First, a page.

Yet when said guy turns out to be Ellie's seemingly mild-mannered accountant, the man she's been secretly crushing on for the past three years, Ellie vows to stop "living vicariously through the sex lives of other people. I need this to stop being my sex life, and I need to get one of my own" (72). Might creating a sex life of her own not require Ellie to give up her voyeuristic tendencies, but instead, to share them with another? Someone just as good at hiding his own kinky desires as she is herself?
Such a set-up implies a "taming-of-the-female-rake" story will follow, yet O'Reilly refuses to buy into such a female-sexuality-squashing trope. Instead, she spins a tale of a woman who thinks of herself as the queen of casual sex learning to ask for what she wants—even if what she wants is a combination of both kink and commitment.
But when the anonymous man shows up as a computer consultant at the office where Meredith works, and almost immediately picks up on Meredith's controlling vibe, Meredith's self-control starts to crack. O'Reilly openly confronts the gendered assumptions surrounding D/s:
"I knew bossy women existed," Lucas explains to Meredith. "The problem has been trying to find one.... It's hardly a topic you can bring up in the middle of a first date. 'Oh, by the way, I really want to be bent over the end of the bed and spanked, would you be up for that?' It's OK when women say it.... Then it's kind of kinky, you know? Naughty. But when a man says it, women think it's weird" (751)
O'Reilly also challenges such assumptions through her depiction of the relationship that Meredith and Lucas develop, a relationship between an older woman and a younger man built on both D/s sexual proclivities as well as on romantic connection.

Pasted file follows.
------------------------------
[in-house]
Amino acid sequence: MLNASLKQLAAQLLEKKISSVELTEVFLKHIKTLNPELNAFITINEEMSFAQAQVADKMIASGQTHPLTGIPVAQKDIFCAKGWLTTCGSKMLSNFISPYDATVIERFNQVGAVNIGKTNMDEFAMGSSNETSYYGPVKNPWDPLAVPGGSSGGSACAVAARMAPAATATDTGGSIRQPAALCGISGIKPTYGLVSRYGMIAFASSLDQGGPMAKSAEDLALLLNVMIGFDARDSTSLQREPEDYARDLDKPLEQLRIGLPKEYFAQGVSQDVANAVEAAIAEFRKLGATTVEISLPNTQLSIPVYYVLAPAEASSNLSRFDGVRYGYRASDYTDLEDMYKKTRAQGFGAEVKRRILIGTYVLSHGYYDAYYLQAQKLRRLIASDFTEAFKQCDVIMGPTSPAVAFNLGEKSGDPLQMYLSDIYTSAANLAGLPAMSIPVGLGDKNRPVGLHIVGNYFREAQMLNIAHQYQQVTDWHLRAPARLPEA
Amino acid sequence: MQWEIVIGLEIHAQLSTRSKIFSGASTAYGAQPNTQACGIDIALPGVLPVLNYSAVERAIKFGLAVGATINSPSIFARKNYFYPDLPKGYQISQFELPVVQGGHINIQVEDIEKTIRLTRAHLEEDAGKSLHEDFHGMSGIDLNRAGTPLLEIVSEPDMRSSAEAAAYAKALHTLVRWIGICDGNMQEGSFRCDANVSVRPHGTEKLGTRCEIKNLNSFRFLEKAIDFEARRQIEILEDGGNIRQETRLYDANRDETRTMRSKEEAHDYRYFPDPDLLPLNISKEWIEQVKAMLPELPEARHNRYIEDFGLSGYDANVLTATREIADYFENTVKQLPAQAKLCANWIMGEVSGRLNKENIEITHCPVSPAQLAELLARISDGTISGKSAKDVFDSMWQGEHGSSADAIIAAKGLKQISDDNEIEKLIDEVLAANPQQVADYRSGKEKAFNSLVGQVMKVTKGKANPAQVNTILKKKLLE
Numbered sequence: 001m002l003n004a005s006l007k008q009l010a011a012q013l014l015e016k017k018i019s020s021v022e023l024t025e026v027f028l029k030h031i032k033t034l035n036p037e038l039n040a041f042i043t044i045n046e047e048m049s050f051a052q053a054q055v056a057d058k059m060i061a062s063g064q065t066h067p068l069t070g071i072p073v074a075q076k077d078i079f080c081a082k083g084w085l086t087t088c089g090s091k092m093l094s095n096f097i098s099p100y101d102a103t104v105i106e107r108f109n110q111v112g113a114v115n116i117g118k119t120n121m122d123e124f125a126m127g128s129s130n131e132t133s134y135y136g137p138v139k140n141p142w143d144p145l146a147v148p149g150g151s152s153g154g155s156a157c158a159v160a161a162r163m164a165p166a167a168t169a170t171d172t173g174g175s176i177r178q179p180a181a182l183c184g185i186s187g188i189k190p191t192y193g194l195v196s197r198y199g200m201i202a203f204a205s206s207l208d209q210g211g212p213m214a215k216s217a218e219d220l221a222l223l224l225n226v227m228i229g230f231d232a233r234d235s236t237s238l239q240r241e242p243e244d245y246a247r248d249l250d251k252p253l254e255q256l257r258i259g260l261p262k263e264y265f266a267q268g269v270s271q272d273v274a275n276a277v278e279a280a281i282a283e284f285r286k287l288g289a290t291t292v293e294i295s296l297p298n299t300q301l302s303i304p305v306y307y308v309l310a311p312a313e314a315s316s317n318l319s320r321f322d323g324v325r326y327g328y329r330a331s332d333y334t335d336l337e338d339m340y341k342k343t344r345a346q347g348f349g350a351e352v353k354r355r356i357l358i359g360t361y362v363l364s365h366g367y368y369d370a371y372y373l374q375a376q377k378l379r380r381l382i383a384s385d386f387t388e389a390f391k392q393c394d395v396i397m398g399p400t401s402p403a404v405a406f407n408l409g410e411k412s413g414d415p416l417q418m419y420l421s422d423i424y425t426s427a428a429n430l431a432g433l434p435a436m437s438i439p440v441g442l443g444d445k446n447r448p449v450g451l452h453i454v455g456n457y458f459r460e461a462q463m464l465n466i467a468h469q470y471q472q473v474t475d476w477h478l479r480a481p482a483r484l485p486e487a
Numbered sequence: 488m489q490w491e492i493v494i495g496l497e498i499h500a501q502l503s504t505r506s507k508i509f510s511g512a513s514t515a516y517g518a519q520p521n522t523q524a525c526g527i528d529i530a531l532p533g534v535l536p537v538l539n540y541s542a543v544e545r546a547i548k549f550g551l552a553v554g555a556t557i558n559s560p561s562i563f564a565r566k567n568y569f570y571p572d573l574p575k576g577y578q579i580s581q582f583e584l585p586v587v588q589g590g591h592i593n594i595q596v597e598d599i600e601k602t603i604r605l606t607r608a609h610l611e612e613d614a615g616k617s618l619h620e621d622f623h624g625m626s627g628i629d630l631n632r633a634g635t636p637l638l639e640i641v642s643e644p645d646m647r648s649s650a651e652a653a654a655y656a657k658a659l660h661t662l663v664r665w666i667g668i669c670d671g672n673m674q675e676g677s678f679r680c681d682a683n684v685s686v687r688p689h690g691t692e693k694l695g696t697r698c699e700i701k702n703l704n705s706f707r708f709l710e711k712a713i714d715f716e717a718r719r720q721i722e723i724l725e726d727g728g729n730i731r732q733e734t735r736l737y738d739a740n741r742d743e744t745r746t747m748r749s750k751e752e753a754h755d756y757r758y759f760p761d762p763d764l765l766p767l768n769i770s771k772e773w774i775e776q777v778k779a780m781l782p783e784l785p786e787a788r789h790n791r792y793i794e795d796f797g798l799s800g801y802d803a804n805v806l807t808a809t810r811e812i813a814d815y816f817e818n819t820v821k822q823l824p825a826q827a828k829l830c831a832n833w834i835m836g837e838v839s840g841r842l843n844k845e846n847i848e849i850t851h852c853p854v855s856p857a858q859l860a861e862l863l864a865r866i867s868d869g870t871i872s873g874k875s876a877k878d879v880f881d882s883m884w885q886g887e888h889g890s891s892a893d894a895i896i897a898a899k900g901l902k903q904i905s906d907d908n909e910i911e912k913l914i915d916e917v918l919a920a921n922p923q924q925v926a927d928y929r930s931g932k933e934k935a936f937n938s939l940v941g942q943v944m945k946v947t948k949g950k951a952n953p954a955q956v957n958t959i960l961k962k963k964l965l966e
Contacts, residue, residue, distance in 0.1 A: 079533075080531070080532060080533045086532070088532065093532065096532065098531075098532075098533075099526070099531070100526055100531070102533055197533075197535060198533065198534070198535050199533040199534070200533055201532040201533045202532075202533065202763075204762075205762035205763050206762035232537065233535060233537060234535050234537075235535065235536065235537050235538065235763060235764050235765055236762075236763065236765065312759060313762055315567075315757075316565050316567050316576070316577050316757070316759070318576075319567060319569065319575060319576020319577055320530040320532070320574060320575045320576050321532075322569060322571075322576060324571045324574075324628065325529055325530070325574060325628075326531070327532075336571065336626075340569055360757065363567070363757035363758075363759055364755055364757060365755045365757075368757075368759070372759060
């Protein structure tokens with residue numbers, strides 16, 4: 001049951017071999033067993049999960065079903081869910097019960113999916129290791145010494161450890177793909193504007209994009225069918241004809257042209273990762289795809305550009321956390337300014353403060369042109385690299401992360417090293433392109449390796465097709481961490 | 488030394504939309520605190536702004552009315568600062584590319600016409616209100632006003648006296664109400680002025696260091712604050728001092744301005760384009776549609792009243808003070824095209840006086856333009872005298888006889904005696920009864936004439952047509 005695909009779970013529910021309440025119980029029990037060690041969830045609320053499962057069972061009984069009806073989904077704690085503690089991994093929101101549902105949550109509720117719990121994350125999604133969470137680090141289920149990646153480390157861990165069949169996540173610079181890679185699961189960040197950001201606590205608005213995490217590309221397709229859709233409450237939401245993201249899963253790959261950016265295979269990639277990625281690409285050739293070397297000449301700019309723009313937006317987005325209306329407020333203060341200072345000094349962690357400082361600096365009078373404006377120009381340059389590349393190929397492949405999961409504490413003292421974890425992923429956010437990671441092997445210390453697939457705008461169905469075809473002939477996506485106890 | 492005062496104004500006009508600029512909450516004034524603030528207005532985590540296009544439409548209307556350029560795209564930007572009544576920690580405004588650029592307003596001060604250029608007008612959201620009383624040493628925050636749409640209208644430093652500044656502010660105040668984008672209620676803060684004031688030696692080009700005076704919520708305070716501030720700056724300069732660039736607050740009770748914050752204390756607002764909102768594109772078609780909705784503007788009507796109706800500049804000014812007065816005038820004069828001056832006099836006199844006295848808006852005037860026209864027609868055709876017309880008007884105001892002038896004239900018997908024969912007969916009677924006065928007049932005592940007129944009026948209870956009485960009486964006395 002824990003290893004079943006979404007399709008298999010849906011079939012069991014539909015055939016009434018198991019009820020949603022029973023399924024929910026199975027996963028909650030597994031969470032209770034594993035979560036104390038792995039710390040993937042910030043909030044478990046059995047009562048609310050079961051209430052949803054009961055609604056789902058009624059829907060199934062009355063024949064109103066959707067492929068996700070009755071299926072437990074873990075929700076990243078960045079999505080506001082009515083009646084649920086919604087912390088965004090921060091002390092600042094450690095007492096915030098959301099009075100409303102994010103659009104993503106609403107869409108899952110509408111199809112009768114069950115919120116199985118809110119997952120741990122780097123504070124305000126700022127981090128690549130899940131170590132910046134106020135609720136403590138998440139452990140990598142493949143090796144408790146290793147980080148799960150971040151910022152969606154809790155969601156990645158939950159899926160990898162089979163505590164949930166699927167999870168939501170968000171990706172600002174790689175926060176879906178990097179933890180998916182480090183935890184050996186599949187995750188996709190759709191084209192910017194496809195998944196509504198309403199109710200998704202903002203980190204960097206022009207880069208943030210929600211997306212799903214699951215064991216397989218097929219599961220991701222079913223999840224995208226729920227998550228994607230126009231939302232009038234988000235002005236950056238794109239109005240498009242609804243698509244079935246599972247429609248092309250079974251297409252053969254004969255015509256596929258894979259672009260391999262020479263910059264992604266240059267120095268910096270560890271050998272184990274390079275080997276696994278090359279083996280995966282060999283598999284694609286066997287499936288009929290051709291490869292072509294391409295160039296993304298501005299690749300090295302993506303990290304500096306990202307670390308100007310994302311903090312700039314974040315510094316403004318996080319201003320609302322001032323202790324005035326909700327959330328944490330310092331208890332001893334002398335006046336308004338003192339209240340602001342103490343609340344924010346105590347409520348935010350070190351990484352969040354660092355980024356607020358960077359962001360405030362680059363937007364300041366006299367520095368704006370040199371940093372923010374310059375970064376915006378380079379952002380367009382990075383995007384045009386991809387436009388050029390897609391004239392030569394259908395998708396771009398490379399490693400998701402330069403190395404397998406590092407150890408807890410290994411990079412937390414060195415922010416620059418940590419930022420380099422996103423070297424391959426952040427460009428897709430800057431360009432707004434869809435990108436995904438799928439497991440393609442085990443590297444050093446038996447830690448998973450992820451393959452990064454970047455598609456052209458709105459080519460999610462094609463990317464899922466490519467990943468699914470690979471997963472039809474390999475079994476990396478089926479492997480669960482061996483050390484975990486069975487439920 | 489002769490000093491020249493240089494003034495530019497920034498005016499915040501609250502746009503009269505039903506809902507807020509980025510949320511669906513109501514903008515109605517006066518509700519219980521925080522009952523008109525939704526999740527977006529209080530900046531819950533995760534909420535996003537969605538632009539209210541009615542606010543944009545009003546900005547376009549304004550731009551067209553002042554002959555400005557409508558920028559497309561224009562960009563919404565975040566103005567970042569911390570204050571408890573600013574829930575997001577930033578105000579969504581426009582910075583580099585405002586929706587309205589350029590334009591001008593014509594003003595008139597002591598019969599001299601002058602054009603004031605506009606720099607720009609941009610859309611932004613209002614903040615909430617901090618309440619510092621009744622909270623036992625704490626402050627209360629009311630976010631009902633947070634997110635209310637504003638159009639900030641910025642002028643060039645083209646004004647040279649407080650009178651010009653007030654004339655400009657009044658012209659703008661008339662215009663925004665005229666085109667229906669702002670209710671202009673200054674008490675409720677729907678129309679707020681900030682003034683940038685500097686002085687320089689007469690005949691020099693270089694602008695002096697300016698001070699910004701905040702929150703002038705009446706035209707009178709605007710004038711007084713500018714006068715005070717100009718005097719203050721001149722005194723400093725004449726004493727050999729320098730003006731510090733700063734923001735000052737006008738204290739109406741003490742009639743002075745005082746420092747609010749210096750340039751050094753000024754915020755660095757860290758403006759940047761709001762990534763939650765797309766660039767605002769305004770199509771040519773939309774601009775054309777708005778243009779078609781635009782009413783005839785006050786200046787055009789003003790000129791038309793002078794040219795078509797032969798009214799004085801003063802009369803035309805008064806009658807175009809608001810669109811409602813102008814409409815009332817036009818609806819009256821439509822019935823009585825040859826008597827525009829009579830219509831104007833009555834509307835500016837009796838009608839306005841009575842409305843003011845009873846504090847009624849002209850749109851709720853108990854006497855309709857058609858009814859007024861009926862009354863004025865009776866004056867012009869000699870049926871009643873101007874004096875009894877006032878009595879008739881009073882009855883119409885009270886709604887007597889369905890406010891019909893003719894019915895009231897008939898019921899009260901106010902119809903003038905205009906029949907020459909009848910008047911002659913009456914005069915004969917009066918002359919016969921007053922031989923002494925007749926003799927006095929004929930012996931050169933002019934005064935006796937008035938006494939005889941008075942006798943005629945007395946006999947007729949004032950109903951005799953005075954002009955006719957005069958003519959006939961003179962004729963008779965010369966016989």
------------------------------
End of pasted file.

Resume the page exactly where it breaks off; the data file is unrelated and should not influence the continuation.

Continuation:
These three stories work so well in novella format because each woman has a prior relationship (of sorts) with the man with whom she subsequently develops a more romantic attachment, allowing the romantic arc to develop quickly (FYI, all couples appear to be white Brits, although no real discussion of race/ethnicity appears in any of the volumes). And because each story takes place over a relatively short space of time, allowing the focus to remain on character development and romance arc rather than on drawn-out plot. And because O'Reilly has a real gift for writing not only complex characters, but scorchingly hot sex scenes, scenes made all the more compelling for the way they insist on the compatibility, rather than the opposition of, romantic commitment and sexual kink.
Jane O'Reilly's website tagline reads "Quirky romance for smart thinking women," a tag more than applicable to her Indecent novellas. So, if you'd like a more feminist erotic reading experience than 50 Shades offers, why not give indecency a try?